To quote Detective Roger Murtaugh from Lethal Weapon, “I’m getting too old for this ****.” In just eighteen months, the Twilight saga has subjected us to one atrocious film, one (barely) passable film, and a film which makes ‘passable’ seem like a dream objective. Eclipse, the third instalment of the series, is the latter. It takes us from the “meh” of New Moon, to complete “ugh”. Whereas the previous entry seemed to have learnt some lessons from the unwatchable first film of the series (namely: having character arcs, embracing the rampant angst of undersexed teens), Eclipse is content to fall back on the saga’s bad habits. It wastes the time of all the talent involved, not to mention that of the audience. It is a sequel that not only picks up exactly where the previous movie finished, but concludes there as well. It is a film so ideologically devoted to abstinence that it denies its viewer any kind of satisfaction. I kind of feel like Bella, begging her vampire beau Edward for some nookie. “Will you please just give me something already?!”
Actually, if you’re looking for a plot synopsis, the above sentence kind of covers it. Bella (Kristen Stewart) is our protagonist, a delightfully-devoid-of-personality teenage girl who has but two thoughts running through her head at any one time. The first: I want to have sex with my undead boyfriend Edward (Robert Pattinson). The second: I want to spend the rest of my life with Edward, but I can’t bear to break the news to my lycanthropic neighbour Jacob (Taylor Lautner). The extent of Edward and Jacob’s characteristics and actions – beside their individual supernatural burdens – are limited to dealing exclusively with Bella’s almost hilariously uninteresting conundrums. Edward won’t sleep with her until Bella marries him; Bella won’t marry him unless he turns her into a vampire; Jacob will be very sad if either of these things happen. Meanwhile, evil vamp Victoria (Bryce Dallas Howard) is gathering up an army of bloodsuckers to wage war against Bella, Edward, Jacob and their families, for reasons I do not care nearly enough about to recount here.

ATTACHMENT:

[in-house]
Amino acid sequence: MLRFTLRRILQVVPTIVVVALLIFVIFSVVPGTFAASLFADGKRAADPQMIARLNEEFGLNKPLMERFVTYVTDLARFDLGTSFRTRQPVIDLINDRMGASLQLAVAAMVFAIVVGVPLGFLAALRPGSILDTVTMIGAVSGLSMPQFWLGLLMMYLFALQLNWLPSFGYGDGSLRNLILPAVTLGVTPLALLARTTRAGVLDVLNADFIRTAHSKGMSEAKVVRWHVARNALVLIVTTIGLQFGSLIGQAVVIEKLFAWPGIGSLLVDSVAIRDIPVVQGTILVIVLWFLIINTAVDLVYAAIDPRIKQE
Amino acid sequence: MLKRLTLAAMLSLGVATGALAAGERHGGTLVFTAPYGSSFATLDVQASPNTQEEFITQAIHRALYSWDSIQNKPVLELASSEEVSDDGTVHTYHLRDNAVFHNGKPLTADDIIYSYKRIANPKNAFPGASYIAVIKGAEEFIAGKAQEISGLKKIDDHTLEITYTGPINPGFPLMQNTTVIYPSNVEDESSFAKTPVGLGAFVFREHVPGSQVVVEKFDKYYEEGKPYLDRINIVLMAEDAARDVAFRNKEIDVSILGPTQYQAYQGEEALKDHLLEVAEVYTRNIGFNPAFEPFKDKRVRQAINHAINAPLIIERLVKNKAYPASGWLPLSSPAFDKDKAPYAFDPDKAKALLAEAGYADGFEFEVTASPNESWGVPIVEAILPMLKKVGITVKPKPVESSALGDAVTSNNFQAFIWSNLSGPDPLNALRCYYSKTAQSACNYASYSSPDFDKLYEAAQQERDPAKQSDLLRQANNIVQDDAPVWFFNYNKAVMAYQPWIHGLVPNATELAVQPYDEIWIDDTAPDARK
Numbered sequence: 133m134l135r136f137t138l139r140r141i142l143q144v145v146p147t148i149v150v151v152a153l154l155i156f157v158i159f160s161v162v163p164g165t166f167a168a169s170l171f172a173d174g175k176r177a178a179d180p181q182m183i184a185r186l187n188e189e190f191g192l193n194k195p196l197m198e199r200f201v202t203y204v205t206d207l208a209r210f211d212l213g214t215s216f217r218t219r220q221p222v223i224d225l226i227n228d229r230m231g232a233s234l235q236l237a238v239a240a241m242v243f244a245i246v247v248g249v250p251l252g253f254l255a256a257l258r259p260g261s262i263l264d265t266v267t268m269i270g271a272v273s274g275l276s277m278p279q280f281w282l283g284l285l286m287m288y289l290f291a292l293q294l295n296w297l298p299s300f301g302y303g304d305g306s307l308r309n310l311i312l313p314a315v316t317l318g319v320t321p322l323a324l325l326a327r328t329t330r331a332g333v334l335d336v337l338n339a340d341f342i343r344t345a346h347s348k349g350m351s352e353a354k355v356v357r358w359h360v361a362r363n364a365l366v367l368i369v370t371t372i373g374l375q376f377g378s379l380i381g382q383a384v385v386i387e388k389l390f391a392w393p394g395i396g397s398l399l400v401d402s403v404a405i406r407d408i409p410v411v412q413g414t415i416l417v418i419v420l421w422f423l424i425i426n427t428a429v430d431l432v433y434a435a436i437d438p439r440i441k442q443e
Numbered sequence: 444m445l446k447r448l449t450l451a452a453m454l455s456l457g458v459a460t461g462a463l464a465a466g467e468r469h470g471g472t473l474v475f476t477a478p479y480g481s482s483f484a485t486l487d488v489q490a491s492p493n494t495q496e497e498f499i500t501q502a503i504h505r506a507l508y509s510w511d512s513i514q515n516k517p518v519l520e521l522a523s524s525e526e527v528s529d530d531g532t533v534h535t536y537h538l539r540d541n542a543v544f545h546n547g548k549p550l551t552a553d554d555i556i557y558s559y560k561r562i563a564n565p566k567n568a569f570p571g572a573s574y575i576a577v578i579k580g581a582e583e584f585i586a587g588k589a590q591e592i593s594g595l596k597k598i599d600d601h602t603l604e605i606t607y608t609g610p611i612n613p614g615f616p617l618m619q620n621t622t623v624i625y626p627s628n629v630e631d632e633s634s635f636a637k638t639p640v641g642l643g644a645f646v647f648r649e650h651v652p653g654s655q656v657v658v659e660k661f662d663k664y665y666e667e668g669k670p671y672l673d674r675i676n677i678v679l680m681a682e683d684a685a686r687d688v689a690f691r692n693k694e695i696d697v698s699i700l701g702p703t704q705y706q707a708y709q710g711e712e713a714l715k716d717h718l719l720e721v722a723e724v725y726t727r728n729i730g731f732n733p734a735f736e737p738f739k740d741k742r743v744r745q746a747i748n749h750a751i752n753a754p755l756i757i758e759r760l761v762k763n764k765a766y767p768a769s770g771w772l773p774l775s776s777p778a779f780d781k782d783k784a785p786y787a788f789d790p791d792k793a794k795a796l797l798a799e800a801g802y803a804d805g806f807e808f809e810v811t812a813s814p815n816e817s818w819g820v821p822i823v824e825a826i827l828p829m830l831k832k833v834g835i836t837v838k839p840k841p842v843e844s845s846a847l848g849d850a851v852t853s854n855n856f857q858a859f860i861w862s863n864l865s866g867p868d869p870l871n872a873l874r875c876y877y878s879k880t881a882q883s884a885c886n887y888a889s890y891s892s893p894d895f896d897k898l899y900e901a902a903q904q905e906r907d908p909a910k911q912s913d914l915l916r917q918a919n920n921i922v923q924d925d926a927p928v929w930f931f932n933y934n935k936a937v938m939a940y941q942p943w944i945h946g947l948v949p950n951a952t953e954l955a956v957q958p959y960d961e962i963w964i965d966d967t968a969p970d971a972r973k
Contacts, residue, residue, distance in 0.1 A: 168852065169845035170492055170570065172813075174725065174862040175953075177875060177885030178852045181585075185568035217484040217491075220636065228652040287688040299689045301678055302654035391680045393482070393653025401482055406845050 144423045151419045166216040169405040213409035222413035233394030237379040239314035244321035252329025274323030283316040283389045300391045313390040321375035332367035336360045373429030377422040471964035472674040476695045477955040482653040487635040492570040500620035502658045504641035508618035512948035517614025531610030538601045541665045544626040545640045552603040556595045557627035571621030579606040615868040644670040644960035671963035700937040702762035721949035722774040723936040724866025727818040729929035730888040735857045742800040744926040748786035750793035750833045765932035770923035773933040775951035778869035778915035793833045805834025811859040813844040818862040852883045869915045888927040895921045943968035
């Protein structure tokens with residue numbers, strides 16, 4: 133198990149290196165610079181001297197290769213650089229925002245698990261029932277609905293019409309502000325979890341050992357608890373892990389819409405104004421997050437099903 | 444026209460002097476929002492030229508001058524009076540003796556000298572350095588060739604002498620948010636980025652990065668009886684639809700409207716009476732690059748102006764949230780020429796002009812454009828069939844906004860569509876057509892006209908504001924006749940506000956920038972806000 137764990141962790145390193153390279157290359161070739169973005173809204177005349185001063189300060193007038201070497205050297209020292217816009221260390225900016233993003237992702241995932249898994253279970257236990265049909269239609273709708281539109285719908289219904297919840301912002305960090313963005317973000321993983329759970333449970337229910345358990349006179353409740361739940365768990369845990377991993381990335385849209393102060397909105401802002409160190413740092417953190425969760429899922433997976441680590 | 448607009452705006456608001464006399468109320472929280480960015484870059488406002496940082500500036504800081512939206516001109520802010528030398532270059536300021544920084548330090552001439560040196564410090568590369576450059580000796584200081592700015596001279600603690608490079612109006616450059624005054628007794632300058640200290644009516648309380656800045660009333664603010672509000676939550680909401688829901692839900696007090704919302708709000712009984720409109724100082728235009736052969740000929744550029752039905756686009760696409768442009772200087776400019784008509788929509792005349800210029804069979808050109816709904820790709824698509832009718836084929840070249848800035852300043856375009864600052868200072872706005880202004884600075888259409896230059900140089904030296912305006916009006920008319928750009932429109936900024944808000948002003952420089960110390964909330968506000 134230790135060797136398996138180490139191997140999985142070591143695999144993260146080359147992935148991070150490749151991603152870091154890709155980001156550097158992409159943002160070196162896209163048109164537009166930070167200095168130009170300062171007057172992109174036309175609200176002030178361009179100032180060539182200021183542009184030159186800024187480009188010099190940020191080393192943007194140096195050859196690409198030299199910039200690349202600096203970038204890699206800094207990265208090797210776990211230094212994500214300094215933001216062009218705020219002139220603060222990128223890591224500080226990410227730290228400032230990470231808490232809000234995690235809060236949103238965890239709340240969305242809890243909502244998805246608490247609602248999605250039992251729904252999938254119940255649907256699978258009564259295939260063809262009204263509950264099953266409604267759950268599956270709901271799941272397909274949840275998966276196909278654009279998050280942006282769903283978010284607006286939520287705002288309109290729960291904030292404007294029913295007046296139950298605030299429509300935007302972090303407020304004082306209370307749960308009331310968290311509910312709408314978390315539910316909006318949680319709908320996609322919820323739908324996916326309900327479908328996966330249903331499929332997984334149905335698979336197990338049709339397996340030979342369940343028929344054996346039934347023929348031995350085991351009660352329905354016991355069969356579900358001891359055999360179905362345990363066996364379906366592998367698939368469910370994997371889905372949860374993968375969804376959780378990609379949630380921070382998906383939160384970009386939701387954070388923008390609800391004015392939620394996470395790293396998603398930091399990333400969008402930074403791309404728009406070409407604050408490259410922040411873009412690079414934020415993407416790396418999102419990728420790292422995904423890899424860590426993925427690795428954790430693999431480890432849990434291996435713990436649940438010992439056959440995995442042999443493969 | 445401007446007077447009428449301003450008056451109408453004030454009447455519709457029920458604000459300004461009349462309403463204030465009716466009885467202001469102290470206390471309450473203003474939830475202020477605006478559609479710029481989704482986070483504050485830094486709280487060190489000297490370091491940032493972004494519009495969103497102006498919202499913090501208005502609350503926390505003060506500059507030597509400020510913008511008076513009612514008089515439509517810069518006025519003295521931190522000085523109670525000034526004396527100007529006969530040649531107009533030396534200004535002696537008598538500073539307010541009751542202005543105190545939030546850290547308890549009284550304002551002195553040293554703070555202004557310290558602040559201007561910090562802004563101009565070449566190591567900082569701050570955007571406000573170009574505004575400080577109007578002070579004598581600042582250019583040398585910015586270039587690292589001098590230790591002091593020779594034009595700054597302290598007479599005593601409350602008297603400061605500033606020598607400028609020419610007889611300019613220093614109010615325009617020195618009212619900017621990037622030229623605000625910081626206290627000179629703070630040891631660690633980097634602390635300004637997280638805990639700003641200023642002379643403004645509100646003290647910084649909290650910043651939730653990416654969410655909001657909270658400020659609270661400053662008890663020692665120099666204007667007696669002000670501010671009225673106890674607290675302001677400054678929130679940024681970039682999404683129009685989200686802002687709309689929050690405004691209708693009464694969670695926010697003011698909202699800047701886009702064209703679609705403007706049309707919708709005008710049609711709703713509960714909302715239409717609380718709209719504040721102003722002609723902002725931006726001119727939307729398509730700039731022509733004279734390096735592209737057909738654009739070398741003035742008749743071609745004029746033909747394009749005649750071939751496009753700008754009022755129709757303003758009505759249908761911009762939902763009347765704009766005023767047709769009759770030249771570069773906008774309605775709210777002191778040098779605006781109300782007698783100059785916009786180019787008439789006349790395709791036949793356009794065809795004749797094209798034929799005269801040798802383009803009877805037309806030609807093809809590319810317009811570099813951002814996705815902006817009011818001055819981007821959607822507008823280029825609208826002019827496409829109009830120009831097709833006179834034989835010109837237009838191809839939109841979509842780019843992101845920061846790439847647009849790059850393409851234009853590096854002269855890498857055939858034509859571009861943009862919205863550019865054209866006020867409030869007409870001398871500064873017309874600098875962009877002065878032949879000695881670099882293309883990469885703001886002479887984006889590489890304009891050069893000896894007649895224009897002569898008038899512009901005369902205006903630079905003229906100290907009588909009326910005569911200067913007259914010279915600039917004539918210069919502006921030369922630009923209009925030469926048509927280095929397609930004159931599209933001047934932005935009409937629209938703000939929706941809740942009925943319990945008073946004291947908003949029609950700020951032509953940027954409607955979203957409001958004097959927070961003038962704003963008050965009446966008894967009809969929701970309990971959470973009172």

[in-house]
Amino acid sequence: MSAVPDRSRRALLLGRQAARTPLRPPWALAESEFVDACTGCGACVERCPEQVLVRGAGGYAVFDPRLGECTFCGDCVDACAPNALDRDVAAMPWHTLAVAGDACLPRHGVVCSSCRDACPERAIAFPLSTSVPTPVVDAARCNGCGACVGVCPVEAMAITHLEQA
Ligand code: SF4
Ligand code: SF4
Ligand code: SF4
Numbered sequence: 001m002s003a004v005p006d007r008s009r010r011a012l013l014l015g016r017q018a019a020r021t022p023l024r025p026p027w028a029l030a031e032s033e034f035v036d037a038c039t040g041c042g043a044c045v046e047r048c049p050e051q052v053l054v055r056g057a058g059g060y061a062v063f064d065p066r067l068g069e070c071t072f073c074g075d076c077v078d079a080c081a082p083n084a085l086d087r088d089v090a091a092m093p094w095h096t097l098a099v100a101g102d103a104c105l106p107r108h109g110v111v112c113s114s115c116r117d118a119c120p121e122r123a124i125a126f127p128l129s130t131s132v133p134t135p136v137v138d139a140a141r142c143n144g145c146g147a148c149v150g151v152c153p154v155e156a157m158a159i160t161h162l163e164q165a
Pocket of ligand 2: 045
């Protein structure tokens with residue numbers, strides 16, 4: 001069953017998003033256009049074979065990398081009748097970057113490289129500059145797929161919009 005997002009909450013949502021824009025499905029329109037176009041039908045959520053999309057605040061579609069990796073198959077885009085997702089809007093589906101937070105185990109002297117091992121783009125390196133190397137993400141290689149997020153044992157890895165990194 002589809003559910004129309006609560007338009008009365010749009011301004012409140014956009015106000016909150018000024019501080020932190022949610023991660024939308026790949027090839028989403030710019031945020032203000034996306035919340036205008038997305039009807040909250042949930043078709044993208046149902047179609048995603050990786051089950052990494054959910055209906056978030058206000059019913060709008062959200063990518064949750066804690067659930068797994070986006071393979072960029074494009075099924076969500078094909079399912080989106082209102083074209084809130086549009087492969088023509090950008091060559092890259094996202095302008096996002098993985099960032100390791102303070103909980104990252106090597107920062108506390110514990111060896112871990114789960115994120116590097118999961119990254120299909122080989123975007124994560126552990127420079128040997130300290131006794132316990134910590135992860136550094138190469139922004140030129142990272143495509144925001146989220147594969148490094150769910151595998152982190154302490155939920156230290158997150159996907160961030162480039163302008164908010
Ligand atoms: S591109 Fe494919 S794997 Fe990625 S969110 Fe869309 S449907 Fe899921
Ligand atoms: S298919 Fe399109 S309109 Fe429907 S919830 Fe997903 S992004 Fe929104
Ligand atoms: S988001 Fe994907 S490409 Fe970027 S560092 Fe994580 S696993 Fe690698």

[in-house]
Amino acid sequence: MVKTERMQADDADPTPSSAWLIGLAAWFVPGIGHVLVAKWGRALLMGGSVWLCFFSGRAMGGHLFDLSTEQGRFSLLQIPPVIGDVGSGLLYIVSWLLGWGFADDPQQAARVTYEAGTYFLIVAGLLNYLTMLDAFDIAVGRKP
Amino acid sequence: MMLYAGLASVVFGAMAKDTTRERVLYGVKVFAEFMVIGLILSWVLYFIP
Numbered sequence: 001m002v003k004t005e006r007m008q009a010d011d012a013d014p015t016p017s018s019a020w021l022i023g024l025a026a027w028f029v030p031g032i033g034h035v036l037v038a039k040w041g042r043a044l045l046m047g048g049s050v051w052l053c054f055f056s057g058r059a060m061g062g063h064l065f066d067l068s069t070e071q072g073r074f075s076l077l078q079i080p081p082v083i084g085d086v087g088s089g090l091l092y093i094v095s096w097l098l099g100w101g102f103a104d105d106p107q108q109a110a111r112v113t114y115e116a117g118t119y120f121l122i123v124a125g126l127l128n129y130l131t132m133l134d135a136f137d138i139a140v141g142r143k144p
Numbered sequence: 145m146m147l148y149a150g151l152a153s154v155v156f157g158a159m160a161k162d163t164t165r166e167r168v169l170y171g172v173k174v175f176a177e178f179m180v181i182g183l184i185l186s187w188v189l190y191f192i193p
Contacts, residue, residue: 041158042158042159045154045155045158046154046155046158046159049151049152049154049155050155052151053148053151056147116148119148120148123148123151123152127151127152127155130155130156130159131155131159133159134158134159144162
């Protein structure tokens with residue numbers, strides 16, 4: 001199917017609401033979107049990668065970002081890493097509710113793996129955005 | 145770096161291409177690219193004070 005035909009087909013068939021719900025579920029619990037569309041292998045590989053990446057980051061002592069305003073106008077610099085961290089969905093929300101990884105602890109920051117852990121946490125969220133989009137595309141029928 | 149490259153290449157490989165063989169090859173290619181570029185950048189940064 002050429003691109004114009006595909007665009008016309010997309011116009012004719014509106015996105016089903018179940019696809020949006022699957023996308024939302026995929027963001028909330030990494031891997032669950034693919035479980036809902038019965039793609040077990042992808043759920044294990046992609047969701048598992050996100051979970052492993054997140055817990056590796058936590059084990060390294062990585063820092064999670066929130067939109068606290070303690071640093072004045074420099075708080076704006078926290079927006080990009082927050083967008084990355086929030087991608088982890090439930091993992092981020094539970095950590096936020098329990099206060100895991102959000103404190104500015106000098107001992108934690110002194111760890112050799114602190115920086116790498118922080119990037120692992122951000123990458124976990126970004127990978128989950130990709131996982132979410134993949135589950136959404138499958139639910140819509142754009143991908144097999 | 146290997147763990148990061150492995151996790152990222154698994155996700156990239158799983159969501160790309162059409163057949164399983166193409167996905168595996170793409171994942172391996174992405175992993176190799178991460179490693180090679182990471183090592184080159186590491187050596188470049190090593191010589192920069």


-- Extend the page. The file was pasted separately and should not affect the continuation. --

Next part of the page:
I thought that director David Slade may have been the perfect fit for the Twilight films. At the very least, he was an interesting choice of helmer following the totally bland Catherine Hardwicke and Paul Weitz. His debut film – Hard Candy – was a deliciously confronting film about the power relationship between a paedophile (Patrick Wilson) and his deceptively smart teenage target (Ellen Page). His second film – 30 Days of Night – was a disappointing, but visually sumptuous vampire flick with plenty of blood. He must have been so bored working on Eclipse. Why would you hire a director with genuine credentials in depicting weird sexual relationships and crazed vampire armies, and then simply force them to acquiesce to the screenplay’s sub-interesting clichés? Excuse the pun, but Slade has been defanged.
I mostly feel bad for the film’s talented actresses. Kristen Stewart is doomed to embody one of cinema history’s least empowered heroines. Howard’s villain is given so little screen time, most audience members won’t even realise that she has replaced Rachelle LeFevre, the actress who played Victoria in the first film. Meanwhile, Nikki Reed and Anna Kendrick (who gave an Oscar-worthy performance in Up in the Air) must be cursing their agents, who have tied them to teensy roles that are, yes, eclipsed, by their immense talent. Combine all this with the shame of having to share scenes with Taylor Lautner and Robert Pattinson as they “act”, and I can offer them nothing but my pity.